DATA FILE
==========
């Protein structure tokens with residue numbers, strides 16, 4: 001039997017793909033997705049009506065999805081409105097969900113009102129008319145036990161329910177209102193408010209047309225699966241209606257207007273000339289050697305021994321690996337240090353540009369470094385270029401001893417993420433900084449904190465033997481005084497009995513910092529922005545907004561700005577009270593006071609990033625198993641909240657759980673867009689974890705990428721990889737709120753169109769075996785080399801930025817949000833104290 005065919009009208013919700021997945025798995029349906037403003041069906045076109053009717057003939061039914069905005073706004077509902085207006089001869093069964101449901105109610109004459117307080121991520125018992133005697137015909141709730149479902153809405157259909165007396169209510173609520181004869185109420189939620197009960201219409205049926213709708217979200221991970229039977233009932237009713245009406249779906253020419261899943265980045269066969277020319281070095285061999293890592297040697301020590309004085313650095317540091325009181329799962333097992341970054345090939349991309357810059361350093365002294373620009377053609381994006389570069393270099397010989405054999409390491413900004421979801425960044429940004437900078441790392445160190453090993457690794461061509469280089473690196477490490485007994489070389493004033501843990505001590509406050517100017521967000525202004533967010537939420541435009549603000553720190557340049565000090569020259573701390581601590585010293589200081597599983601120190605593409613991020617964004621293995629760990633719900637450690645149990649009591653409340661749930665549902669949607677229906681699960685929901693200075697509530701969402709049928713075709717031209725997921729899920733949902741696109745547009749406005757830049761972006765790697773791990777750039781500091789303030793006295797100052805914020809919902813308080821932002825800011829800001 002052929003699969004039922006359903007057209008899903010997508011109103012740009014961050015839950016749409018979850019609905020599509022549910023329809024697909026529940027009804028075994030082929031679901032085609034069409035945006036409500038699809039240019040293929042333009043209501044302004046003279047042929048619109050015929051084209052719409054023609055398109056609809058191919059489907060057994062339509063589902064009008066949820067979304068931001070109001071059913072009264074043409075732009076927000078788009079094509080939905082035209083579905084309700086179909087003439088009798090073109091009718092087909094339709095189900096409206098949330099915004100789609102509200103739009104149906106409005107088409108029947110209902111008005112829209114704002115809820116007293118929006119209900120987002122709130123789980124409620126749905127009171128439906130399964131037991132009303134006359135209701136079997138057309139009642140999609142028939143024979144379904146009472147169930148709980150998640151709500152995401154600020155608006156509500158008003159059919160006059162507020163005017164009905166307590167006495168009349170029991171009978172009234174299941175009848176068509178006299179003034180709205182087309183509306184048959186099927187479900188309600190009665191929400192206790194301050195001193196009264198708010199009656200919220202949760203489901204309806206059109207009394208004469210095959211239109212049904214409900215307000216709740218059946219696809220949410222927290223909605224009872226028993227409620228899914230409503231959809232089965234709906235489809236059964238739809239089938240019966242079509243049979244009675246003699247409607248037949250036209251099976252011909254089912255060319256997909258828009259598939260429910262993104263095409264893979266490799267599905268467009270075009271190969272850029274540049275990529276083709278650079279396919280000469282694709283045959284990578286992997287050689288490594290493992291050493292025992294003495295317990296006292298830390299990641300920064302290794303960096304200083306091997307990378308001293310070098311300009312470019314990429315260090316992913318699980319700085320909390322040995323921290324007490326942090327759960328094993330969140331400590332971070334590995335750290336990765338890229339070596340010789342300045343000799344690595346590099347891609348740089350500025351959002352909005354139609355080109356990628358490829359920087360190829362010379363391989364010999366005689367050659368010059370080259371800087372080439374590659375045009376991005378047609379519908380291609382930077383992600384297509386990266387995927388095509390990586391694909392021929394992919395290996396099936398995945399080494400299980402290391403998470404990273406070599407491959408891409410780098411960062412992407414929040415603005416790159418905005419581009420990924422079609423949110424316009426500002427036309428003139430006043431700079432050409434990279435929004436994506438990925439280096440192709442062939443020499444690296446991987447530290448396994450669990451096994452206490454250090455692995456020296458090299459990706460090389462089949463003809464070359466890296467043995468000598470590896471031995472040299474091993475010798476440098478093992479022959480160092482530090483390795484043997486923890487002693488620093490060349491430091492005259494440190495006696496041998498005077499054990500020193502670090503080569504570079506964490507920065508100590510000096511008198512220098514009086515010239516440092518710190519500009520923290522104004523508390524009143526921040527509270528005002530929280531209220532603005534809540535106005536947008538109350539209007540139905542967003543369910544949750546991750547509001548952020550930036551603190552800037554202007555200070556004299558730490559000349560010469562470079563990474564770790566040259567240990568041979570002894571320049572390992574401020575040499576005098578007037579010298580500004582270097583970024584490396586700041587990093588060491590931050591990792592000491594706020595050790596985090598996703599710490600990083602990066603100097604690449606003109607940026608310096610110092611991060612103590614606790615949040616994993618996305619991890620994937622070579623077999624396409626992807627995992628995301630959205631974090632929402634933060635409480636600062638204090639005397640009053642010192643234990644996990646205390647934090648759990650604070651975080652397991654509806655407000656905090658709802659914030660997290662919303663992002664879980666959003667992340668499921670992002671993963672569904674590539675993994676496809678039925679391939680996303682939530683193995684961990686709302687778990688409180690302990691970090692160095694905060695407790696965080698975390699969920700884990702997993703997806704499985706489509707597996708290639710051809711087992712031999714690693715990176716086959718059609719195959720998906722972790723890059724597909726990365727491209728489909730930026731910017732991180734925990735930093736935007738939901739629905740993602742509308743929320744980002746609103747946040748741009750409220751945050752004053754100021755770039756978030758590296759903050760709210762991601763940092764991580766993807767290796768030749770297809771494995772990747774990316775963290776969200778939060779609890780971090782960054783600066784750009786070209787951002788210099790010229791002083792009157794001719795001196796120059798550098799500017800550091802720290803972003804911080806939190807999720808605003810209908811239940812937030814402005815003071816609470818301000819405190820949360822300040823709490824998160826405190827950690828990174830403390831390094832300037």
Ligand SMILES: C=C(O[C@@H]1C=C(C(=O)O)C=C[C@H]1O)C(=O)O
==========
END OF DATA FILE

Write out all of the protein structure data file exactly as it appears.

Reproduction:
């Protein structure tokens with residue numbers, strides 16, 4: 001039997017793909033997705049009506065999805081409105097969900113009102129008319145036990161329910177209102193408010209047309225699966241209606257207007273000339289050697305021994321690996337240090353540009369470094385270029401001893417993420433900084449904190465033997481005084497009995513910092529922005545907004561700005577009270593006071609990033625198993641909240657759980673867009689974890705990428721990889737709120753169109769075996785080399801930025817949000833104290 005065919009009208013919700021997945025798995029349906037403003041069906045076109053009717057003939061039914069905005073706004077509902085207006089001869093069964101449901105109610109004459117307080121991520125018992133005697137015909141709730149479902153809405157259909165007396169209510173609520181004869185109420189939620197009960201219409205049926213709708217979200221991970229039977233009932237009713245009406249779906253020419261899943265980045269066969277020319281070095285061999293890592297040697301020590309004085313650095317540091325009181329799962333097992341970054345090939349991309357810059361350093365002294373620009377053609381994006389570069393270099397010989405054999409390491413900004421979801425960044429940004437900078441790392445160190453090993457690794461061509469280089473690196477490490485007994489070389493004033501843990505001590509406050517100017521967000525202004533967010537939420541435009549603000553720190557340049565000090569020259573701390581601590585010293589200081597599983601120190605593409613991020617964004621293995629760990633719900637450690645149990649009591653409340661749930665549902669949607677229906681699960685929901693200075697509530701969402709049928713075709717031209725997921729899920733949902741696109745547009749406005757830049761972006765790697773791990777750039781500091789303030793006295797100052805914020809919902813308080821932002825800011829800001 002052929003699969004039922006359903007057209008899903010997508011109103012740009014961050015839950016749409018979850019609905020599509022549910023329809024697909026529940027009804028075994030082929031679901032085609034069409035945006036409500038699809039240019040293929042333009043209501044302004046003279047042929048619109050015929051084209052719409054023609055398109056609809058191919059489907060057994062339509063589902064009008066949820067979304068931001070109001071059913072009264074043409075732009076927000078788009079094509080939905082035209083579905084309700086179909087003439088009798090073109091009718092087909094339709095189900096409206098949330099915004100789609102509200103739009104149906106409005107088409108029947110209902111008005112829209114704002115809820116007293118929006119209900120987002122709130123789980124409620126749905127009171128439906130399964131037991132009303134006359135209701136079997138057309139009642140999609142028939143024979144379904146009472147169930148709980150998640151709500152995401154600020155608006156509500158008003159059919160006059162507020163005017164009905166307590167006495168009349170029991171009978172009234174299941175009848176068509178006299179003034180709205182087309183509306184048959186099927187479900188309600190009665191929400192206790194301050195001193196009264198708010199009656200919220202949760203489901204309806206059109207009394208004469210095959211239109212049904214409900215307000216709740218059946219696809220949410222927290223909605224009872226028993227409620228899914230409503231959809232089965234709906235489809236059964238739809239089938240019966242079509243049979244009675246003699247409607248037949250036209251099976252011909254089912255060319256997909258828009259598939260429910262993104263095409264893979266490799267599905268467009270075009271190969272850029274540049275990529276083709278650079279396919280000469282694709283045959284990578286992997287050689288490594290493992291050493292025992294003495295317990296006292298830390299990641300920064302290794303960096304200083306091997307990378308001293310070098311300009312470019314990429315260090316992913318699980319700085320909390322040995323921290324007490326942090327759960328094993330969140331400590332971070334590995335750290336990765338890229339070596340010789342300045343000799344690595346590099347891609348740089350500025351959002352909005354139609355080109356990628358490829359920087360190829362010379363391989364010999366005689367050659368010059370080259371800087372080439374590659375045009376991005378047609379519908380291609382930077383992600384297509386990266387995927388095509390990586391694909392021929394992919395290996396099936398995945399080494400299980402290391403998470404990273406070599407491959408891409410780098411960062412992407414929040415603005416790159418905005419581009420990924422079609423949110424316009426500002427036309428003139430006043431700079432050409434990279435929004436994506438990925439280096440192709442062939443020499444690296446991987447530290448396994450669990451096994452206490454250090455692995456020296458090299459990706460090389462089949463003809464070359466890296467043995468000598470590896471031995472040299474091993475010798476440098478093992479022959480160092482530090483390795484043997486923890487002693488620093490060349491430091492005259494440190495006696496041998498005077499054990500020193502670090503080569504570079506964490507920065508100590510000096511008198512220098514009086515010239516440092518710190519500009520923290522104004523508390524009143526921040527509270528005002530929280531209220532603005534809540535106005536947008538109350539209007540139905542967003543369910544949750546991750547509001548952020550930036551603190552800037554202007555200070556004299558730490559000349560010469562470079563990474564770790566040259567240990568041979570002894571320049572390992574401020575040499576005098578007037579010298580500004582270097583970024584490396586700041587990093588060491590931050591990792592000491594706020595050790596985090598996703599710490600990083602990066603100097604690449606003109607940026608310096610110092611991060612103590614606790615949040616994993618996305619991890620994937622070579623077999624396409626992807627995992628995301630959205631974090632929402634933060635409480636600062638204090639005397640009053642010192643234990644996990646205390647934090648759990650604070651975080652397991654509806655407000656905090658709802659914030660997290662919303663992002664879980666959003667992340668499921670992002671993963672569904674590539675993994676496809678039925679391939680996303682939530683193995684961990686709302687778990688409180690302990691970090692160095694905060695407790696965080698975390699969920700884990702997993703997806704499985706489509707597996708290639710051809711087992712031999714690693715990176716086959718059609719195959720998906722972790723890059724597909726990365727491209728489909730930026731910017732991180734925990735930093736935007738939901739629905740993602742509308743929320744980002746609103747946040748741009750409220751945050752004053754100021755770039756978030758590296759903050760709210762991601763940092764991580766993807767290796768030749770297809771494995772990747774990316775963290776969200778939060779609890780971090782960054783600066784750009786070209787951002788210099790010229791002083792009157794001719795001196796120059798550098799500017800550091802720290803972003804911080806939190807999720808605003810209908811239940812937030814402005815003071816609470818301000819405190820949360822300040823709490824998160826405190827950690828990174830403390831390094832300037």
Ligand SMILES: C=C(O[C@@H]1C=C(C(=O)O)C=C[C@H]1O)C(=O)O